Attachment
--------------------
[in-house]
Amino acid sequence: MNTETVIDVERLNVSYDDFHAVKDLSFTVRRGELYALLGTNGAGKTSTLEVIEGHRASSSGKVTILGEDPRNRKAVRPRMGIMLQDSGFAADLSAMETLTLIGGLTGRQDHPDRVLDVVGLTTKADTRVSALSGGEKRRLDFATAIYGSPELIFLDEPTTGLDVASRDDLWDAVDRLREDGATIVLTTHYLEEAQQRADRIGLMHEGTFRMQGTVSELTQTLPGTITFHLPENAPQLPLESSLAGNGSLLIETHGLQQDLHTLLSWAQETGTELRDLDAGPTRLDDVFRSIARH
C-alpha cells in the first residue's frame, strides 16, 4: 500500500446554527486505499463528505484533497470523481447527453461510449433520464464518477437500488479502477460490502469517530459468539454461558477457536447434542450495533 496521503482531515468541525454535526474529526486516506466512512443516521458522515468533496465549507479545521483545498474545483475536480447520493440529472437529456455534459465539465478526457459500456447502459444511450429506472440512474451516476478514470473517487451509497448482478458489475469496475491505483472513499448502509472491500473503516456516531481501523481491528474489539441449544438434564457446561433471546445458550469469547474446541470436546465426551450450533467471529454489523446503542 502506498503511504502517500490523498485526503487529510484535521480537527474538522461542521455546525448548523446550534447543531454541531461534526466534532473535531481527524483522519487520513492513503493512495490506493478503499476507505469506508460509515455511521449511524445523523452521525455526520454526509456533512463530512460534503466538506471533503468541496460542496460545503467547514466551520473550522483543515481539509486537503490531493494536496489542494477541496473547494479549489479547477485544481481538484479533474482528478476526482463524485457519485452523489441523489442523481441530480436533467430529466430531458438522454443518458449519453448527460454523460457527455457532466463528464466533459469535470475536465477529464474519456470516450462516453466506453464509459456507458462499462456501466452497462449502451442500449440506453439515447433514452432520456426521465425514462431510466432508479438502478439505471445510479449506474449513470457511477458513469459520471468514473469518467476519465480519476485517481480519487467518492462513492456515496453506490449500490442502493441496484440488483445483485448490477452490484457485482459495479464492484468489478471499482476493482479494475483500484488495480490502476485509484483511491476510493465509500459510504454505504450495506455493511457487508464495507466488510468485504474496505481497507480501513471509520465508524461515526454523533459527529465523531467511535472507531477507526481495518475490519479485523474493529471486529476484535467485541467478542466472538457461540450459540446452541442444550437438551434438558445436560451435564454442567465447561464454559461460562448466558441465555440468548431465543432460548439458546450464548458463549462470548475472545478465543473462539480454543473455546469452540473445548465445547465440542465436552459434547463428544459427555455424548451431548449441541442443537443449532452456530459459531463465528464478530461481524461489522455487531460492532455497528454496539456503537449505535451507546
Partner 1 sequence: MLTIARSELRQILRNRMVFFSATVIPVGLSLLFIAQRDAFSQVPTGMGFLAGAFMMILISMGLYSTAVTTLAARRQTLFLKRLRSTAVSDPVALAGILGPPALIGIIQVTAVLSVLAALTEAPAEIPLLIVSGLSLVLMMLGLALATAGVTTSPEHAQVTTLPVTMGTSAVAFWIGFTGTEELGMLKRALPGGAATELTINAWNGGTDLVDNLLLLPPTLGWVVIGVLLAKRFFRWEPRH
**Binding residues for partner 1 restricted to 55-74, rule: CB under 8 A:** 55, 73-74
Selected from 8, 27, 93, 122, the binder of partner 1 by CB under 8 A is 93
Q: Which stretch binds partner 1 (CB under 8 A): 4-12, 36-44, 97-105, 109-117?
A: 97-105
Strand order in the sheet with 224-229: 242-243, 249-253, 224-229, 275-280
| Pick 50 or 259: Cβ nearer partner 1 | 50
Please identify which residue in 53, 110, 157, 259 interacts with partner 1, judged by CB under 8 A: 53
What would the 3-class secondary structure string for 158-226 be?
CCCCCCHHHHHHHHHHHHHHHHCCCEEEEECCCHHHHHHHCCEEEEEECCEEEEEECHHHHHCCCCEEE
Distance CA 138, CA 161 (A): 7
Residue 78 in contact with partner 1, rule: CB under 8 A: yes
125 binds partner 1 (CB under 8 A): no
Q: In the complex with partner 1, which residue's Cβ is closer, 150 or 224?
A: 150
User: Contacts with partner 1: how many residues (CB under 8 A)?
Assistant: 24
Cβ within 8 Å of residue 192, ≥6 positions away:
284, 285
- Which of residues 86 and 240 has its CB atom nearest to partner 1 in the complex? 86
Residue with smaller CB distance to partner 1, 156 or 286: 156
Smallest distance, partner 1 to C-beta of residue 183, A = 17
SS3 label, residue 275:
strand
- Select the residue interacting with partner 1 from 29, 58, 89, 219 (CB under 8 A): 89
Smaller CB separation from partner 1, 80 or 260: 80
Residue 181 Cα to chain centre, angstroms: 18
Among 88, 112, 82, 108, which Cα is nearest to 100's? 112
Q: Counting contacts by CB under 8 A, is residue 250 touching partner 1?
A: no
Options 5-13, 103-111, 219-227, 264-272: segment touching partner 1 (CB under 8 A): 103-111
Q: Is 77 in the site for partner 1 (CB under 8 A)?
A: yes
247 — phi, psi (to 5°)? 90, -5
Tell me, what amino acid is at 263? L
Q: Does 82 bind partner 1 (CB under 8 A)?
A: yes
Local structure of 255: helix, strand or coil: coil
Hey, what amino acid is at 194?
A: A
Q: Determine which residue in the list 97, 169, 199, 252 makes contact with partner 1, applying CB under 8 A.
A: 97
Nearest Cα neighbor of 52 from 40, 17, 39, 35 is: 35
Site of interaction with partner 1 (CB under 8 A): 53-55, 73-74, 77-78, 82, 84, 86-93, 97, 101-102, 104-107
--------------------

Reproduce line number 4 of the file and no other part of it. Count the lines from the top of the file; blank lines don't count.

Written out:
Partner 1 sequence: MLTIARSELRQILRNRMVFFSATVIPVGLSLLFIAQRDAFSQVPTGMGFLAGAFMMILISMGLYSTAVTTLAARRQTLFLKRLRSTAVSDPVALAGILGPPALIGIIQVTAVLSVLAALTEAPAEIPLLIVSGLSLVLMMLGLALATAGVTTSPEHAQVTTLPVTMGTSAVAFWIGFTGTEELGMLKRALPGGAATELTINAWNGGTDLVDNLLLLPPTLGWVVIGVLLAKRFFRWEPRH